Digital Signage is what you see everywhere now a days. The concept looks rather simple, it is a large format TV displaying some kind of content, usually promotions. The implementation though, it is not as easy.
I have been working in a digital signage project for a few years now. I have put a lot of time, but probably not as much as it needs on the project.
This will be the first in a series of articles, but I wanted to start with some thoughts on it before I go more in deep. This will help anyone also considering digital signage.
- Cost of Hardware: This is an easy thing to consider. The problem is that we should not put too much emphasis on it. For example, the cost would be TV cost + player (usually a computer or Android based device)
- Cost of Installation: Another part that needs to be accounted well. Mounting TVs in drywall is a challenge to do it right. If you are not confident enough to do pull ups from the mounting bracket then it is not mounted right. When possible consider professional installation. After installing several I was taking about 1 hour or more per TV (routing power, network cables as well, and finally using the right hardware)
- Cost of maintaining the project: This is the big part that gets overlooked. And it will vary according to your environment. Don’t go with the cheapest solution, if it will require more time to implement and have running. The reason, is that human resource time needs to be considered as well. I am constantly managing people because they do not know how to maintain the TV for the digital signage. It sounds easy, but the truth is that people will not do basic steps like turning on the TV. This goes with Cost of Hardware point.
- Distribution of content: this is how you will distribute the content, either using a digital signage distribution system or something homebrew (like HTML)
Now that you have this basic points let me expand a little as a reference.
When considering the hardware you have digital signage base TVs and regular consumer TVs. After a bit of search, we used LG consumer models. They were priced right and have pretty good quality. They were also half the cost of the digital signage model, so this allowed us to use 55″ instead of 42″. Then we used Android base sticks (these are really old now), and Lenovo Tiny M73 computers. The initial test worked great, so we deployed 50 of these.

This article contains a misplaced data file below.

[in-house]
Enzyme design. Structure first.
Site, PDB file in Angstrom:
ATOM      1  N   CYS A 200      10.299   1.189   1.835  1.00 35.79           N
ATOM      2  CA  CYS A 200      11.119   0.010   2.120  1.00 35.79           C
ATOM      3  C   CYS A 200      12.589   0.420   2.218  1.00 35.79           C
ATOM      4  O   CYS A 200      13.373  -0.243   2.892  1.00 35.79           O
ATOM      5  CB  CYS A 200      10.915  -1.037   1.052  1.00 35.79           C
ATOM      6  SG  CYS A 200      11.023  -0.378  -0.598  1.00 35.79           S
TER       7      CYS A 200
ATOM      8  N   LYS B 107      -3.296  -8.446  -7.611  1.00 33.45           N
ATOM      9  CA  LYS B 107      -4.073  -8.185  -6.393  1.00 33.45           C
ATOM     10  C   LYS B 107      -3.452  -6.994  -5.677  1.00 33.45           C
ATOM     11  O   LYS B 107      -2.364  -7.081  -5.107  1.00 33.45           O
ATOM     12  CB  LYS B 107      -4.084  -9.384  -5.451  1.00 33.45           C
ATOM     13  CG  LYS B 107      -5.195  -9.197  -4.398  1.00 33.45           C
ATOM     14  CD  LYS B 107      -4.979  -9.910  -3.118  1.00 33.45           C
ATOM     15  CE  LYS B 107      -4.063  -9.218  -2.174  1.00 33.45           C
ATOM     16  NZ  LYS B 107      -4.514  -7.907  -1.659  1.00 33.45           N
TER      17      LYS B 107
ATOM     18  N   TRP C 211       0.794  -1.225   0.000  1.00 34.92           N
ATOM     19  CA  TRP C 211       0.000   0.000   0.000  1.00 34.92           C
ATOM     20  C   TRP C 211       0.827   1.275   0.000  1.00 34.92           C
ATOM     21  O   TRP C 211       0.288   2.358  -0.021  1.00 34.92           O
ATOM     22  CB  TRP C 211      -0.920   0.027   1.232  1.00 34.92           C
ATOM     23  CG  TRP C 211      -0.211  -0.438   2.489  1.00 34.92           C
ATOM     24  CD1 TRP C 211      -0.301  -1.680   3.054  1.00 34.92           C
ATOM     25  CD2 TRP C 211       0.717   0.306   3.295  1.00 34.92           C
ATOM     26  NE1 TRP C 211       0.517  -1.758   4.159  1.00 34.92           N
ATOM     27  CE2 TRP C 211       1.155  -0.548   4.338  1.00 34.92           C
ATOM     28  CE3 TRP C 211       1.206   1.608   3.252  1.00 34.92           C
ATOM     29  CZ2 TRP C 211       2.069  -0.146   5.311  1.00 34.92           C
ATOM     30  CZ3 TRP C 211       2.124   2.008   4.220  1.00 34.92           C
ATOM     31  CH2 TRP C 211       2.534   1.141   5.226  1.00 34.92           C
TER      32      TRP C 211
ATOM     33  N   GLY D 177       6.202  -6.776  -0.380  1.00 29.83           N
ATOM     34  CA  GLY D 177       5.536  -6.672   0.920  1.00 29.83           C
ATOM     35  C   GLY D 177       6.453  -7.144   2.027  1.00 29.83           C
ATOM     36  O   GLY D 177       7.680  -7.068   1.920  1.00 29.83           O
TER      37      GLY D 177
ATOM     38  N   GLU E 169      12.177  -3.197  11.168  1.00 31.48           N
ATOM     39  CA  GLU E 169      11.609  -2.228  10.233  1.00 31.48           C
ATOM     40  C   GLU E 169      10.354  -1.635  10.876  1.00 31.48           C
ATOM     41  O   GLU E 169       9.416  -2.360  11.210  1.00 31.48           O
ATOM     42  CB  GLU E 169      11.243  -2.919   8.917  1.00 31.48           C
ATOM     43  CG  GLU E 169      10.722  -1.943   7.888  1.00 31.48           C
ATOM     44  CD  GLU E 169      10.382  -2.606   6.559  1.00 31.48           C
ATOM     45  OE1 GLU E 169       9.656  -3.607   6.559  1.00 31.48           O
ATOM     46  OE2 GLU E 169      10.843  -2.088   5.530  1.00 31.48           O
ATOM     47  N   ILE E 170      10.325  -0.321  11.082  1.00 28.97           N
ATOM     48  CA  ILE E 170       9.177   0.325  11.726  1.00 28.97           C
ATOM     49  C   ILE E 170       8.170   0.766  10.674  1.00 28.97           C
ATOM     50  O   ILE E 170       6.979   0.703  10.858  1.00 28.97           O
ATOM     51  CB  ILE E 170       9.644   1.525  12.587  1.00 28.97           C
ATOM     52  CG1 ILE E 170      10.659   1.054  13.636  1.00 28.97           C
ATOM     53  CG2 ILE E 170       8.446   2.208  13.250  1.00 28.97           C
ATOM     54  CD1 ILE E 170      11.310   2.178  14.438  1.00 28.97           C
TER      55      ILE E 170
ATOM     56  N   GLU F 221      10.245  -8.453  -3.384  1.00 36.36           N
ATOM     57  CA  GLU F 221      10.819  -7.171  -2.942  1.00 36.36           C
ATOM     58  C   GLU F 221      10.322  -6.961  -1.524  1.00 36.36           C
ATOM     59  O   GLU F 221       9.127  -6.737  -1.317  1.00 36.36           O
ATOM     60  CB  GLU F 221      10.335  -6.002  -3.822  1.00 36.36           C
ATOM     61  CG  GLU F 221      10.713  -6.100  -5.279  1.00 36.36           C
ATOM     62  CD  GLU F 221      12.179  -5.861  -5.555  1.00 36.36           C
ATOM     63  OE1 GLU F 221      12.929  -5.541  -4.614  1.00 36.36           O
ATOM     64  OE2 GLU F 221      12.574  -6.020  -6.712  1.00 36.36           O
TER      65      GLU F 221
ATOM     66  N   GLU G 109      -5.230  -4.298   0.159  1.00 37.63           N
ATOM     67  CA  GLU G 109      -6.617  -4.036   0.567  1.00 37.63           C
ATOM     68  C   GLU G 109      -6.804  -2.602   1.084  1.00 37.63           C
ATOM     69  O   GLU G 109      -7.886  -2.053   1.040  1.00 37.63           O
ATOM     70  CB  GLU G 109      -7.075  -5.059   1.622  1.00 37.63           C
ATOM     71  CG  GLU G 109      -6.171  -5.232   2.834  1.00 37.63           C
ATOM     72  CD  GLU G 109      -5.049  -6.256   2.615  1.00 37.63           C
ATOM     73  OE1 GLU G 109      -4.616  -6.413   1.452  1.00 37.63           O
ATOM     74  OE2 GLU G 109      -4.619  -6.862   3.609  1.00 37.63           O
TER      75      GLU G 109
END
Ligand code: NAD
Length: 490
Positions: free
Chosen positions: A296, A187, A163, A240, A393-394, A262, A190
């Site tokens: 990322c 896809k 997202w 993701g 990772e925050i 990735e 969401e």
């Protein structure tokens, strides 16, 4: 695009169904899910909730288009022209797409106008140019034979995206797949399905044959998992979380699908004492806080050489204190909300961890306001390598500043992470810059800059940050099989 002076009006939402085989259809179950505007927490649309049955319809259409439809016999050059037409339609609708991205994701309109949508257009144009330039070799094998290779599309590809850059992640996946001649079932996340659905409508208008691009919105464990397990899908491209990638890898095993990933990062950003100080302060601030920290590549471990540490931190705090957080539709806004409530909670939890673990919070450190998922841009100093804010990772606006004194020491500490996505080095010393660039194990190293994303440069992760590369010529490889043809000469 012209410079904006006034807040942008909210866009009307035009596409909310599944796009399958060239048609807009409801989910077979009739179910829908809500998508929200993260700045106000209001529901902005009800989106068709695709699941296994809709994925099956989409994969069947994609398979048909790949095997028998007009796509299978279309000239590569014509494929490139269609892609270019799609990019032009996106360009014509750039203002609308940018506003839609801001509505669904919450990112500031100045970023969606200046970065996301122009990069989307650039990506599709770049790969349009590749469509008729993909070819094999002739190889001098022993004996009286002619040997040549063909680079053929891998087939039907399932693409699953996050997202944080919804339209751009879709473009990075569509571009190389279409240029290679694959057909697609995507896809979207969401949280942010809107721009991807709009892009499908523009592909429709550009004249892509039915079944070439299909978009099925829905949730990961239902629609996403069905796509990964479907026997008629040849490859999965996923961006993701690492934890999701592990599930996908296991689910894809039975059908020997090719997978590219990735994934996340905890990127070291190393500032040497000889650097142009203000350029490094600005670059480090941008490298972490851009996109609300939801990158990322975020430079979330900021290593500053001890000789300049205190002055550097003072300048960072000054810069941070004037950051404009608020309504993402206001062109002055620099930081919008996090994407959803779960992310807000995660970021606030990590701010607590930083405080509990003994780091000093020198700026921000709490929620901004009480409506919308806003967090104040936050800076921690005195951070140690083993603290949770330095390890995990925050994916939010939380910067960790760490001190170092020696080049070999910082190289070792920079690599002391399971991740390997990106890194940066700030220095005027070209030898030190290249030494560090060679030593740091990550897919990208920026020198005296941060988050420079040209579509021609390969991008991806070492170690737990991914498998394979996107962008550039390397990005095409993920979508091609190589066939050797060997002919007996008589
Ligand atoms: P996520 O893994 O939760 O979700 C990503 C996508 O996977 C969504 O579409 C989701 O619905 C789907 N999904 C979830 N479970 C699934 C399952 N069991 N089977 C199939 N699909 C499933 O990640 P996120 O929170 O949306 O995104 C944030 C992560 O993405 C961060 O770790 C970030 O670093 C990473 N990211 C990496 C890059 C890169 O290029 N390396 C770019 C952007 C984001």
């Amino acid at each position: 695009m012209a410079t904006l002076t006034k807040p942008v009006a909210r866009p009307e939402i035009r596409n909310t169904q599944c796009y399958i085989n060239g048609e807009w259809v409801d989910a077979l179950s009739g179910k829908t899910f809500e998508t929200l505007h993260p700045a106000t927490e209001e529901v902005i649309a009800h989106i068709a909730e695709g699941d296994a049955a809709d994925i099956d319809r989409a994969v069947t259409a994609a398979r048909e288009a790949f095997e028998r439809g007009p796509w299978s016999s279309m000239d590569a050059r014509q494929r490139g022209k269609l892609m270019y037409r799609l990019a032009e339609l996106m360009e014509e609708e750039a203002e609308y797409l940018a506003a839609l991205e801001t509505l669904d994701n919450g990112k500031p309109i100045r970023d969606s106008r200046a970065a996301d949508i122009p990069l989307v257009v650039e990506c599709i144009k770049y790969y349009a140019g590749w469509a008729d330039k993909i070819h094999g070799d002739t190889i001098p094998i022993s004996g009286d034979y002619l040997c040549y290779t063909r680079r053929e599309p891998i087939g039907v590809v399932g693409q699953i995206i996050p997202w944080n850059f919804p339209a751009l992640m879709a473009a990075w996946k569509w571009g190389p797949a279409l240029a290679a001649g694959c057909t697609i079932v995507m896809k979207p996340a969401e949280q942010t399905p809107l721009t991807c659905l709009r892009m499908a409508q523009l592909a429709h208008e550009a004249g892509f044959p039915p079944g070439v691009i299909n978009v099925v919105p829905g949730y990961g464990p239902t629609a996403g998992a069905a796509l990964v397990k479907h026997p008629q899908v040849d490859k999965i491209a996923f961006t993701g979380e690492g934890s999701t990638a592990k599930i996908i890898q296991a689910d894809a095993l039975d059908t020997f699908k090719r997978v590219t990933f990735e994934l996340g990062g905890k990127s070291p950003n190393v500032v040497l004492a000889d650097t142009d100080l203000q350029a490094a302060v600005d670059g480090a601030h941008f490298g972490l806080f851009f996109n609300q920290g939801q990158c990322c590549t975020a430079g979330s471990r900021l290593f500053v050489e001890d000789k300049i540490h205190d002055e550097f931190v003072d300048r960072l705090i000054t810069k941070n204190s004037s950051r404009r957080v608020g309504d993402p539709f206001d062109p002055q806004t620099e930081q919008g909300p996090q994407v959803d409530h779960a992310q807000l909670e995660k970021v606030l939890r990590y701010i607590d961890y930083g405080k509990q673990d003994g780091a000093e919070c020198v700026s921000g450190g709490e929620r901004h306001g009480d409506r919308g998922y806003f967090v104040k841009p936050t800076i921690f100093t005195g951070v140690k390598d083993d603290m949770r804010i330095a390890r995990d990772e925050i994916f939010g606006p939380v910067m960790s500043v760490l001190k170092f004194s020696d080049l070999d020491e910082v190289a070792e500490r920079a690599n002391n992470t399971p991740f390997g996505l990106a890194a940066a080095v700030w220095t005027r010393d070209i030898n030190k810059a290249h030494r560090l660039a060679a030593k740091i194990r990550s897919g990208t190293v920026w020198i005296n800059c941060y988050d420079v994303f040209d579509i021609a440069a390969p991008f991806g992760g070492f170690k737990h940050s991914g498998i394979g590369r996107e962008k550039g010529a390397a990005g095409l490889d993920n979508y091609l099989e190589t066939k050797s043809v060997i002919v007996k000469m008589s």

And that is where the problems starting surfacing
We did not account for people not knowing how to use TVs. People forget to turn them on, did not understand what an input is, and cannot configure the TV.
Our next problem was misinformation. At the beginning we were going to use a smart stick that was powered by the TVs USB port, but we had to change it because the Android device was slow. The users still though just turning the TV turned the PC as well. The problem there was that information got simplified when it was presented the first time (almost a year before full deployment) and the new information was not retained.
We also did not like Windows 7 (Windows 8, and later 8.1) were better for large display, and installation increased deployment time.
(I will expand on the deployment in another article)
What is the underlying problem?
Accountability. If you are using your own equipment, you make sure Wi-Fi is connected and the laptop is on. When it is the company’s, the user simply “does not want to be bothered with it”.
Sounds easy to fix. Simple enough….We covered the issue on meetings, all management agreed, but still something happened when deploying communication downstream. A few weeks later the same problem happened.
What is the solution?
Doing the proper research before the project, and putting all numbers together. We saved a lot of money in hardware, but we spent more on maintaining and making sure it is running. Now the project is running smoother, but not as much as it should.
Use digital signage equipment. Not because it is rated to run 24/7, but because it can be remotely controlled. For example Samsung/LG/NEC/[take your pick] will have a RS232 port, or some connectivity for a controller card. This will allow you to set the TV to turn on automatically, and turn off automatically. It can disable all input ports but what is selected, and will remove end user errors. The cost per installation will double, but the ongoing maintenance will be reduced.
Also, set the right expectations. We went crazy with what we wanted this project to do. 80% of what we were planning was not implemented, and we could have done a simpler job
What is next?
On the next article I will describe what we did, and how we did it, with the challenges we discovered. After that, what I think we should have done with what I learn. Hopefully you can avoid the learning curve.